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November 17th, 2004 - The Watchtower of Destruction: The Ferrett's Journal

November 17th, 2004

November 17th, 2004
09:05 am


What's All The Fuss About, Alfie?

Four random items, presented for your approval:

When a Led Zeppelin song comes on the radio, I will rarely turn it off. I'll hum along and be entertained, at which point the song will end and it will exit my consciousness cleanly, like a pleasant bullet passing through my skull without hitting any vital nerve clusters.

I've bought a couple of Zeppelin albums in my time, but they always seem to be pushed aside for other, better albums. When it comes time to boot up the ol' CD player, Zep never makes the cut.

Yet what I find puzzling is that every guitar player I know worships at the altar of Zep, and there are any number of crazed fans who will gleefully purchase Jimmy Page's Bathroom Noises, Part VII. It's not that I can't see an appeal to Zep, because they produce perfectly good music - it's that I can't see why you'd become obsessed with them. I like them, but would I love them? Hell no.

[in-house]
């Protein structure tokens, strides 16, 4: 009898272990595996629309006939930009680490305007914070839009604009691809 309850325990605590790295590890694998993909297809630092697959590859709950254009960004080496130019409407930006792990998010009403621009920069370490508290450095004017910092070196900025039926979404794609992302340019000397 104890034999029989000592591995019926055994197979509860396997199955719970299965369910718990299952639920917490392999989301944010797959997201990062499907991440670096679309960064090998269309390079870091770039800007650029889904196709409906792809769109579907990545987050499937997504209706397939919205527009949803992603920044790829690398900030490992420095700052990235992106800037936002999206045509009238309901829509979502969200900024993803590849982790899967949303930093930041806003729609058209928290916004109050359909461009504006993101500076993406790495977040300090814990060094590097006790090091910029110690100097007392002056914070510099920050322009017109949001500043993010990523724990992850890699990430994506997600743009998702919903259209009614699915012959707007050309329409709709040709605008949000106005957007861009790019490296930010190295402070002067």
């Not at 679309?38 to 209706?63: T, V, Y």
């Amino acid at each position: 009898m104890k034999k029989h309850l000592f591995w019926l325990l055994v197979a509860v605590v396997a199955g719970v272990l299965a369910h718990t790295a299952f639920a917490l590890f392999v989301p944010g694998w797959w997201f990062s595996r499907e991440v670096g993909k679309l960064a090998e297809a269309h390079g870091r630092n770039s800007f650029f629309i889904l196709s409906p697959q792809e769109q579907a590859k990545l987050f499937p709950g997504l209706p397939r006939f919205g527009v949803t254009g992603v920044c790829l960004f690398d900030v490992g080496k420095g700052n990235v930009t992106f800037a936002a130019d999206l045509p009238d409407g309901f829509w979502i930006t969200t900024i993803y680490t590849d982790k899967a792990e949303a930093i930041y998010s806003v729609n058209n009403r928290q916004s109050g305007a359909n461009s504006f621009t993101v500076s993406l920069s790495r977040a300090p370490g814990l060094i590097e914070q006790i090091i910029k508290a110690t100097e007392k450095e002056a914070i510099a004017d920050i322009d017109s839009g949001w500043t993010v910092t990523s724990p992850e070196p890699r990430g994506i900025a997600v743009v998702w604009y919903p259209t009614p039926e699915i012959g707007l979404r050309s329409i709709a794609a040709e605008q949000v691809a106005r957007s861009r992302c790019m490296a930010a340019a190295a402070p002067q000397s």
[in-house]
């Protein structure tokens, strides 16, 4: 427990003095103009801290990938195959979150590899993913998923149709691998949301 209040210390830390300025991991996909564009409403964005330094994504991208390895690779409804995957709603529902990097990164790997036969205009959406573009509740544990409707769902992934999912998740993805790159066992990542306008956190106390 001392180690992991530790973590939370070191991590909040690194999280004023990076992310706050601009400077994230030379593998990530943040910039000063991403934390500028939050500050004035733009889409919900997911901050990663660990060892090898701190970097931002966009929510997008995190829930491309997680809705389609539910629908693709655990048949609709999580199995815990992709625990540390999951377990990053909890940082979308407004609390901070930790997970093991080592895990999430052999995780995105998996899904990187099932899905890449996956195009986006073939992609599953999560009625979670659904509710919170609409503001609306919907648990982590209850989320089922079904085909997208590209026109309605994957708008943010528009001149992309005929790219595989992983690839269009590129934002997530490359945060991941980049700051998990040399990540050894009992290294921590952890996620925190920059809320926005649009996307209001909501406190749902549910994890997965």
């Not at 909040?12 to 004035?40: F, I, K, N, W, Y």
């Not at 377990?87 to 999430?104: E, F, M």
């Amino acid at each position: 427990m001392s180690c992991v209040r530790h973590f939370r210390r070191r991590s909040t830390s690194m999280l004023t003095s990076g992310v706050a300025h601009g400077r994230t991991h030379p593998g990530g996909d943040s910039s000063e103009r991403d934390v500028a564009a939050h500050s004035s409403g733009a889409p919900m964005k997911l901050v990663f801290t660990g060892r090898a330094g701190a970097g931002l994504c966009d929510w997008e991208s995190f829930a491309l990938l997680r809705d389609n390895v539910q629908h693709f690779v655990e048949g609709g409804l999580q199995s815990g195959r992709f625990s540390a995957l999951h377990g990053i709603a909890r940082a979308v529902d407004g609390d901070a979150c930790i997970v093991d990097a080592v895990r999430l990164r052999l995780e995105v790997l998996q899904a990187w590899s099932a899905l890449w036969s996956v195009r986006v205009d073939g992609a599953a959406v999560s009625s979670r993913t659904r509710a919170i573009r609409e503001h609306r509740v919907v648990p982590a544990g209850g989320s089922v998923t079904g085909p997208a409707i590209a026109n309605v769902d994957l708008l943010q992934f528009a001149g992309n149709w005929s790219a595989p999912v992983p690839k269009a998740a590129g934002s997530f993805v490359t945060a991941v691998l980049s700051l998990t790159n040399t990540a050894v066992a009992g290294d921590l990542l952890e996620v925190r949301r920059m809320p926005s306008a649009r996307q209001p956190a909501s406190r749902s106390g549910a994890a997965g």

I feel much the same way about Pink Floyd. I loved The Wall. There are several cuts on other albums I enjoy. But I can't see what in God's name catapulted these folks to triple-platinum classic artist status.

Whose success do you find puzzling? Remember, you don't hate them; actually, you enjoyed their stuff. You just can't see why people are going batshit insane for them.

Speaking of music, I am never buying an album on iTunes again without listening to the tracks first. About three months ago, I went, "Ooo! Matthew Sweet!" and bought his latest album, only to discover that it was totally forgettable. Last week, I went, "Ooo! Freedy Johnston!" only to discover that his latest album sounds like two guys in a garage with a four-track and not many ideas.